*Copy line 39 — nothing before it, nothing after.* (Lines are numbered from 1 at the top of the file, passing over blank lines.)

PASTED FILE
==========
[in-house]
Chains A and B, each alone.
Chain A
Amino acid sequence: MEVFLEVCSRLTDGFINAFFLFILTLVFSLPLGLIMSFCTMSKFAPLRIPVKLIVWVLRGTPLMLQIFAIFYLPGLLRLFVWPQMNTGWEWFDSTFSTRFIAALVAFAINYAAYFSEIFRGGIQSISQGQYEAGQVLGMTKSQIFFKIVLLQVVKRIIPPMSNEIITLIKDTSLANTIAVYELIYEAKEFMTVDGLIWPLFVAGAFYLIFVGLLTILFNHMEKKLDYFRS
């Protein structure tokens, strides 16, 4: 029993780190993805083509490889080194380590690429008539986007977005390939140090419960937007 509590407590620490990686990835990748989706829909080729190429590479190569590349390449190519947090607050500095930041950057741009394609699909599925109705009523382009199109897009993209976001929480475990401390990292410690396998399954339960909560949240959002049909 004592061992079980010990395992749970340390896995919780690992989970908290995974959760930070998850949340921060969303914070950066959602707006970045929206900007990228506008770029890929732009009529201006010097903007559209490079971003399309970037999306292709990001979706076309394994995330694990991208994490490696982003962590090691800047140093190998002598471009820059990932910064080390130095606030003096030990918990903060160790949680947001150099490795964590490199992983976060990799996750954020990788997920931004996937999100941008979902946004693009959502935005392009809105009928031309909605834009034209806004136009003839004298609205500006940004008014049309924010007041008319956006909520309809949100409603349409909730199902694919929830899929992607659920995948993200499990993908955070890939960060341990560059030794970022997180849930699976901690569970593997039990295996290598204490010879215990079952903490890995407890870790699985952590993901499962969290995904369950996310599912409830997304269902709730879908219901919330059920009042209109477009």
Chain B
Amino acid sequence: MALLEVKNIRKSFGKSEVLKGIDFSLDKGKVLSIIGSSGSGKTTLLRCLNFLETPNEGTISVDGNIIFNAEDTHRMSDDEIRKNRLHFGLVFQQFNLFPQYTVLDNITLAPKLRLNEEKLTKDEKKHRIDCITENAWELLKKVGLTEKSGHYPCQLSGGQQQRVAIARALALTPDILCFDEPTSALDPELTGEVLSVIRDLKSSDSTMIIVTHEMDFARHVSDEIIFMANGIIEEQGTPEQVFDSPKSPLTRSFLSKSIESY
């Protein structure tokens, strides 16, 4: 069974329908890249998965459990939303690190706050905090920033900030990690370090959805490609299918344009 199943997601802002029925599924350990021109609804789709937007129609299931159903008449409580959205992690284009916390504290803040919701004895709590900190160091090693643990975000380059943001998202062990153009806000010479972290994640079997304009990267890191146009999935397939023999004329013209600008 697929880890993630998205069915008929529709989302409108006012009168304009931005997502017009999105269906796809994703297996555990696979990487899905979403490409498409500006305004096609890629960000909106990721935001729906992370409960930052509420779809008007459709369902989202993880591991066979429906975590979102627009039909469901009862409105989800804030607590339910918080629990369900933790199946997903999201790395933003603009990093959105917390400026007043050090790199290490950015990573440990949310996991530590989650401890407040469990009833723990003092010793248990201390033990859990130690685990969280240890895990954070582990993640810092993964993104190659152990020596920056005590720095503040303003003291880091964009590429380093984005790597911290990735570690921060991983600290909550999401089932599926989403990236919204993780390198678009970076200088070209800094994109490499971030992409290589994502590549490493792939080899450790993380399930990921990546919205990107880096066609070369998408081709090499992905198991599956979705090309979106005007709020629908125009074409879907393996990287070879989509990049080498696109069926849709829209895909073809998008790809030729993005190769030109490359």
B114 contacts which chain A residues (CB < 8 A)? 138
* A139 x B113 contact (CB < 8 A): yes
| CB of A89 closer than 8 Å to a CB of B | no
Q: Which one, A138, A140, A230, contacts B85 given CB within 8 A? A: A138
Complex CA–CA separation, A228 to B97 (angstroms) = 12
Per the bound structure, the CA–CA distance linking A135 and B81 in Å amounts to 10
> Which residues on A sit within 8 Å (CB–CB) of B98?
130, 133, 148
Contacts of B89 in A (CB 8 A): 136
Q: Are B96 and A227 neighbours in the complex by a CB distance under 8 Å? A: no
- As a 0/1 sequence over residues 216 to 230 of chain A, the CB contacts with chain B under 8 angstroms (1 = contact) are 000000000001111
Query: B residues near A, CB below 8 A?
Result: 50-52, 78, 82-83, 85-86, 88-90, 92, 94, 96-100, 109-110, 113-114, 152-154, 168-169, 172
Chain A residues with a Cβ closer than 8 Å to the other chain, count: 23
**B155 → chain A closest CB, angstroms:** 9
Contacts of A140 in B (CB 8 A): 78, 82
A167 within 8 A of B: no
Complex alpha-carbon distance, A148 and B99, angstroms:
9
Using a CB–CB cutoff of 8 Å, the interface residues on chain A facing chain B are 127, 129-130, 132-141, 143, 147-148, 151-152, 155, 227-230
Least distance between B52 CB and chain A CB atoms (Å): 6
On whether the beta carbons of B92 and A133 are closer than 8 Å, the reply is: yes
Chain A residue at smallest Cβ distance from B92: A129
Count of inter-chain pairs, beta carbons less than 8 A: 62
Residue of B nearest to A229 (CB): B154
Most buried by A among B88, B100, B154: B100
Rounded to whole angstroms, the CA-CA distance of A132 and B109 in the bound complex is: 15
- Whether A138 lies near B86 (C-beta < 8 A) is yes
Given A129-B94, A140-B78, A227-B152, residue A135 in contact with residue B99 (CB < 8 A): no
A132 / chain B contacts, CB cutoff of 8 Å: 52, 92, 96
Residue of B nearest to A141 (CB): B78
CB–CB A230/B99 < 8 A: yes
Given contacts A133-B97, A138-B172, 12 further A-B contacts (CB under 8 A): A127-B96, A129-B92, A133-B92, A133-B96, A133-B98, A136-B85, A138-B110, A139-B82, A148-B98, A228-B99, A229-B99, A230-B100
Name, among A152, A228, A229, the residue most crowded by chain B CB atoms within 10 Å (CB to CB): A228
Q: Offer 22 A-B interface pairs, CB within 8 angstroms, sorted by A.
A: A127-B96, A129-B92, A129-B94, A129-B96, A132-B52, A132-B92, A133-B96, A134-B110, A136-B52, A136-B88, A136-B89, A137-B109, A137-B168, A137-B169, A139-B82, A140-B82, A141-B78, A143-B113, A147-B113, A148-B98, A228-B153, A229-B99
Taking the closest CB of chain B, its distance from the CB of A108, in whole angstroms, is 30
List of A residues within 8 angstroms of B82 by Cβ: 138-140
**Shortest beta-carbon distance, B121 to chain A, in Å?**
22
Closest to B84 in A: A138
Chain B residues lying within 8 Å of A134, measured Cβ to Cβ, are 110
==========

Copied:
Residue of B nearest to A141 (CB): B78